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blakeembrey commented Sep 15, 2016

@markstos It's very simple to build middleware which can correctly validation and sanitize the parameters based on a schema. To be clear, this isn't really a validation problem to me - but a deserialization issue. This is sadly a pretty common issue I've found with JavaScript development in general and it's definitely not restricted to just query string parsing.

A nice solution to this may be to move query string parsing into middleware by default. It's currently configurable by a flag and you can very easily replace use your own schema/deserializer. I'd be happy to build some middleware and modules around this, since I'm very interested in solving this in a more general way.

Edit: Here's a project I built for a previous employer to do this. It's https://github.com/mulesoft/osprey and more specifically https://github.com/mulesoft-labs/osprey-method-handler/blob/master/osprey-method-handler.js#L197-L221.

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markstos commented Sep 15, 2016

@blakeembrey Thanks for the response. I completely agree on the value of using a declarative schema to validate and sanitize inputs. I helped write and maintain the Data::FormValidator which did that for Perl, and later helped integrate the concept with a Perl web framework with the CGI::Application::Plugin::ValidateRM and CGI::Application::Plugin::ValidateQuery modules.

Personally, I would still rather see a method for pulling a single-value-by-default from the query string built into Express. It adds a level of safety for all the different Express middleware validation solutions that might be built. If it's anything like the Perl ecosystem, some people will want complex solutions, others will want simple solutions. It would also help secure the sites for people who opt not use any fancy validation. The bottom-line concept is safe by default, which the current design is not.

If safe-by-default methods not going to be added, at a bare minimum the docs should be updated to explain that's a danger in assuming that a single value has been passed and it should always be checked. That leaves every developer to check if they got single values like they expected, so I see it as second rate solution.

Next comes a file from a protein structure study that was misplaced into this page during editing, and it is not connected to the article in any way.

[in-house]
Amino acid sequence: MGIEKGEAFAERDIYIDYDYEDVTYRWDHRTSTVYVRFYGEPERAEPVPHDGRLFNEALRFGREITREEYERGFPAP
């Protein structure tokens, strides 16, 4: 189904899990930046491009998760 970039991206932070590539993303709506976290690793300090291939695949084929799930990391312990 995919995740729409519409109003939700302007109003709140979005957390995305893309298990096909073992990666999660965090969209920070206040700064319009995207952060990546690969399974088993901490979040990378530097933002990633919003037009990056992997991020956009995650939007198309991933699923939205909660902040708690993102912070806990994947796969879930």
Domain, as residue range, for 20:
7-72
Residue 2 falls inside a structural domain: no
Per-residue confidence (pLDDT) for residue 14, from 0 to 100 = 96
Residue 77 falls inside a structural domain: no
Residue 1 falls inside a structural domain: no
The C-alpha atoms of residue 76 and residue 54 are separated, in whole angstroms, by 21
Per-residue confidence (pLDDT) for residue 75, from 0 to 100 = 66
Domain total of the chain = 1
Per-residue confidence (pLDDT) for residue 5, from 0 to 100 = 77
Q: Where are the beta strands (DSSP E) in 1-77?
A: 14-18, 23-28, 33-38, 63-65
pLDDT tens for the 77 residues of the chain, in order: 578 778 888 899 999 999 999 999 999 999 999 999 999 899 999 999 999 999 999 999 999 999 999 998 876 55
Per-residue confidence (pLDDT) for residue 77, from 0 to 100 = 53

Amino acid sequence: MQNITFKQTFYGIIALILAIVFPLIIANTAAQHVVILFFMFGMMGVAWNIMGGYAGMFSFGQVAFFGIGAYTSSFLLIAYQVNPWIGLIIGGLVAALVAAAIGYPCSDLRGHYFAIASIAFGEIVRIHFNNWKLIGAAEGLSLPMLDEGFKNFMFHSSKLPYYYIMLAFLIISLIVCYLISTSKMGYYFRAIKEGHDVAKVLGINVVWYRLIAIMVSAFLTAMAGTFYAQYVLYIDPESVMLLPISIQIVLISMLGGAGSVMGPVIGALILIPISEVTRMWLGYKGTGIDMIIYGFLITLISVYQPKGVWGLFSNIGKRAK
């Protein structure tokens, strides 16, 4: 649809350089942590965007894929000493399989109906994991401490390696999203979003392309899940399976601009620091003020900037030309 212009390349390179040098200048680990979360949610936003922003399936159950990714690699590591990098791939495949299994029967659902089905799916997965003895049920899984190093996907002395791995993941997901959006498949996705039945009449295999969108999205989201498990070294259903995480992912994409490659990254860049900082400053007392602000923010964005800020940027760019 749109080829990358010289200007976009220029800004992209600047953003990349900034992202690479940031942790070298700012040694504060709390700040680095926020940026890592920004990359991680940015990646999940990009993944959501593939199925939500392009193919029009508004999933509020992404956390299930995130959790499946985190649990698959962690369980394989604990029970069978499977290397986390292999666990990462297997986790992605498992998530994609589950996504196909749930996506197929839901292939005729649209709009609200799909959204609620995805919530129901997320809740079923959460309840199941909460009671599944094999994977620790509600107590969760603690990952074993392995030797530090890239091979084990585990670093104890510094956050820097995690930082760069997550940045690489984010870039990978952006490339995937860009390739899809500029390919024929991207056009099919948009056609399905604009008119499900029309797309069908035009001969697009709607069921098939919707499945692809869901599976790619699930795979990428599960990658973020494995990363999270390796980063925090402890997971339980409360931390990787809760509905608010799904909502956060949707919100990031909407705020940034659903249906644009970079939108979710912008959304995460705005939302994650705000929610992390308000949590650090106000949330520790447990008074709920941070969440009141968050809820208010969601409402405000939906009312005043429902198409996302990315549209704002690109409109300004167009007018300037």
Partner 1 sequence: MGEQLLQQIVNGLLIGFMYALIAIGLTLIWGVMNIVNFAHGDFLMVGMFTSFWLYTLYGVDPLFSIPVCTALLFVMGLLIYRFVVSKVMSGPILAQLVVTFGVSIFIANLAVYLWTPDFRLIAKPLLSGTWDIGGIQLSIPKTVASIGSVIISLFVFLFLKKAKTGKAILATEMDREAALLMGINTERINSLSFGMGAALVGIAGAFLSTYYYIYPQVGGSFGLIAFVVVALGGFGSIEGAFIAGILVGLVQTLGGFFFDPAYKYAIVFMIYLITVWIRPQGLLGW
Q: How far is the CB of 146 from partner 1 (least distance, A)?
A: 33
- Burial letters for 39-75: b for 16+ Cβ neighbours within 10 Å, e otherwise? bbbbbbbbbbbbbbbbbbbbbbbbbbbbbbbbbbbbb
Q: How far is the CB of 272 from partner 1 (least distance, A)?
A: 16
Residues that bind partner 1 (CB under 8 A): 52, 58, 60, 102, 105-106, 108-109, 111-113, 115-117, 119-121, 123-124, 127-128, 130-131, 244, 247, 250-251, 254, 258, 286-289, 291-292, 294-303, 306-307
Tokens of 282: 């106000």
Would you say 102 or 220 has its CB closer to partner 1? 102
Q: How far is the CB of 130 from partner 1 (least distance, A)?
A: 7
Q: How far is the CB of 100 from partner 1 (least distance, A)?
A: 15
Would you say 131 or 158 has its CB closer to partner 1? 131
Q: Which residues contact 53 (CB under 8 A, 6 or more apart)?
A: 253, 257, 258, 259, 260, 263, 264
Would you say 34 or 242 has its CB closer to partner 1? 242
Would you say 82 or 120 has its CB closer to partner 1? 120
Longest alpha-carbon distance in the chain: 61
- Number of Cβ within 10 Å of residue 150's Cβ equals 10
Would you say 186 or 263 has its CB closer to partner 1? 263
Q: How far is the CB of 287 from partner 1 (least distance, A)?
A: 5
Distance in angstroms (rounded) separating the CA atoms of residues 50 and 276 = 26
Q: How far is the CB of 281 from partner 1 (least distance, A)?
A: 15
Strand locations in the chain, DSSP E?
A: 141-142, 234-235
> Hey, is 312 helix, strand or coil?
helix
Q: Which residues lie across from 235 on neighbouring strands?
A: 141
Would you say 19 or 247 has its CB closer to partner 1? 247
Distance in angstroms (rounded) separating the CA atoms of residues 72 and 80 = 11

Either way, I would love to have a good declarative for solution for declaring which parameters are required, optional and any constraints they must pass to be considered valid.

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dougwilson commented Sep 15, 2016

Hi @markstos , I'm sorry you stumbled upon a 3 year old issue, as you probably haven't run across the various discussions we've had since this time (though to be fair, not all of them are on GitHub). I would absolutely love to see something made better around this area in the Express 5.0 release, of course! Would you be interested in putting together a pull request against our 5.0 branch implementing the simple API solution you have proposed above? That would be an amazing way to help the Express project address the concerns you have :)! This way, we can understand what your API proposal looks like, evaluate how compatible it is with the existing ecosystem, and if we like it, you can help us evangelize the change everyone has to make to their Express apps to upgrade to continue to get security updates. That would be 💯 👍

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dougwilson commented Sep 15, 2016

@markstos and if you need help or have questions getting started on contributing, please don't hesitate to ask! Sadly our documentation in this area is still very much a work in progress, but I am trying to get that built out. I'd be happy to answer any questions you have and I can pretty much say that any questions you have around this will be very helpful as I'm trying to write them up, since it's not easy to know what questions new contributor actually have :) I look forward to collaborating together between all of us on this issue to see what we can accomplish together!

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markstos commented Sep 16, 2016

Thanks for the invitation, Doug. I'll put together a Pull Request as time permits.